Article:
LEBANON: Stop the deportation of Sudanese refugees


LEBANON: Stop the deportation of Sudanese refugees

(Beirut, November 20, 2018)

Lebanese authorities should immediately release three Sudanese refugees from detention and revoke their deportation orders.

The Lebanese General Security has issued deportation orders for the three men. According to their families, they were informed of this by a UNHCR representative and General Security. The three refugees were told that their deportations could happen immediately. All three men are recognized as refugees by the UN Refugee Agency (UNHCR) and fled Sudan due to war, violence, and persecution. Returning them to Sudan is a violation of Lebanon’s obligations under customary international law, as well as the UN Convention Against Torture, which Lebanon ratified in 2000.

The three refugees were arrested for not having valid residency papers and have been detained in General Security facilities without access to a lawyer, documentation of their arrests or deportation orders, or the chance to appeal these decisions. Adam*, 30, a refugee from Darfur, has been in detention since he was arrested in July 2018. Ali*, 39, a refugee from South Kordofan, has been detained for more than 7 months. The third man prefers for his name not to be publicly used.

Adam and Ali reported that they are being held with approximately 30 other Sudanese men, most of whom are recognized refugees detained as long as 8 months. Some detainees report physical violence from officers while in detention, to coerce them to accept deportation.

Local NGOs have received reports that Lebanese authorities have deported at least seven other non-Syrian refugees in 2018 and eight in 2017, over UNHCR’s objections.

These cases reflect General Security’s ongoing practice of arbitrary, prolonged detentions and deportations of refugees, as well as migrant workers. As Legal Agenda has reported, the Lebanese authorities have historically used unlawful detention and coerced “voluntary” return to force the deportation of Syrian and Iraqi refugees.

With these prolonged detentions and deportations, the Lebanese authorities have violated the refugees’ rights to non-refoulement, to basic liberty, and family life and unity, all protected under international law:
● The international principle of non-refoulement prohibits the return of refugees to countries where they face danger of persecution. Lebanon has ratified the United Nations Convention against Torture (UNCAT), which bans refoulement in Article 3.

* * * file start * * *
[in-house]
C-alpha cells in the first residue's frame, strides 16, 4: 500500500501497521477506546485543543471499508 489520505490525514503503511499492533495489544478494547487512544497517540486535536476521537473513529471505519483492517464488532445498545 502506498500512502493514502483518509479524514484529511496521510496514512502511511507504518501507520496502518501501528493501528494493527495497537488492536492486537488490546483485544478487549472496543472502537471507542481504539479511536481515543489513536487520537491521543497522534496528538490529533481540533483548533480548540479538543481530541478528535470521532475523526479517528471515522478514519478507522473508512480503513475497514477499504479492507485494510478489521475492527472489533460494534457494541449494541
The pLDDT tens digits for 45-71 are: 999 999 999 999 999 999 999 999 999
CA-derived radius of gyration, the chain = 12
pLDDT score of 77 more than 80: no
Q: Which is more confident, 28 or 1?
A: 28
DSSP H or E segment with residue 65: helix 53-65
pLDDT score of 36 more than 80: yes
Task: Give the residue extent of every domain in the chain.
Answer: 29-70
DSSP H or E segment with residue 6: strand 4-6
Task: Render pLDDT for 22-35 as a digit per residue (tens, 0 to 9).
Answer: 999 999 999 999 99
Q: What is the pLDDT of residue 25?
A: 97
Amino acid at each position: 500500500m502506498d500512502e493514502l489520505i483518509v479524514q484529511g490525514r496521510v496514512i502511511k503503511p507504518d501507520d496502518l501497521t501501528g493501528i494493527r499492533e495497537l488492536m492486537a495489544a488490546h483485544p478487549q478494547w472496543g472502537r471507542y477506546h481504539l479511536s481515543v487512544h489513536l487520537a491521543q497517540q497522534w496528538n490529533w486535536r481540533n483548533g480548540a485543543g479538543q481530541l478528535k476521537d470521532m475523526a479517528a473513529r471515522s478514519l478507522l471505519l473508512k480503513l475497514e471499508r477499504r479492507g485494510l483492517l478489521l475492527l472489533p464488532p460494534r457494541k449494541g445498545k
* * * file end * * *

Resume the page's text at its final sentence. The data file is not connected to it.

● Under the International Covenant on Civil and Political Rights (ICCPR), which guarantees the right to liberty, prolonged detention based on invalid residency status is unlawful. Lebanon may only detain a person if provided for under domestic law, only for a clear and legitimate purpose, and only in cases where it is necessary and proportionate, such as when alternatives to detention are not possible. Detainees are also entitled to challenge their detention in court. 
● Refugees are guaranteed the right to family life and family unity from the Universal Declaration of Human Rights. For the three Sudanese refugees, deportation means a permanent separation from their wives in Lebanon. One also has a young child.

General Security has refused to release refugees unless UNHCR finds a suitable third country for resettlement. This is very rare, as according to UNHCR, only 1 percent of refugees worldwide get resettled. UNHCR has already informed Adam’s wife that the family is not eligible for resettlement to a third country. Instead, they gave the family the choice to be deported back to Sudan or to be sent to Ethiopia, where Adam’s wife is from, but which does not have any resettlement program.

Although these three cases have reached the attention of the public through contact with civil society organizations, many other prolonged detentions and deportations have been executed in silence.

There is no legal basis for the prolonged detention and deportation of refugees. General Security should stop the practice of detaining and deporting refugees, and it should release Adam, Ali, and the third Sudanese man immediately.

*In order to avoid danger to their families, Adam and Ali are only using their first names.

Lebanese Center for Human Rights (CLDH)
Anti-Racism Movement (ARM)
Insan Association

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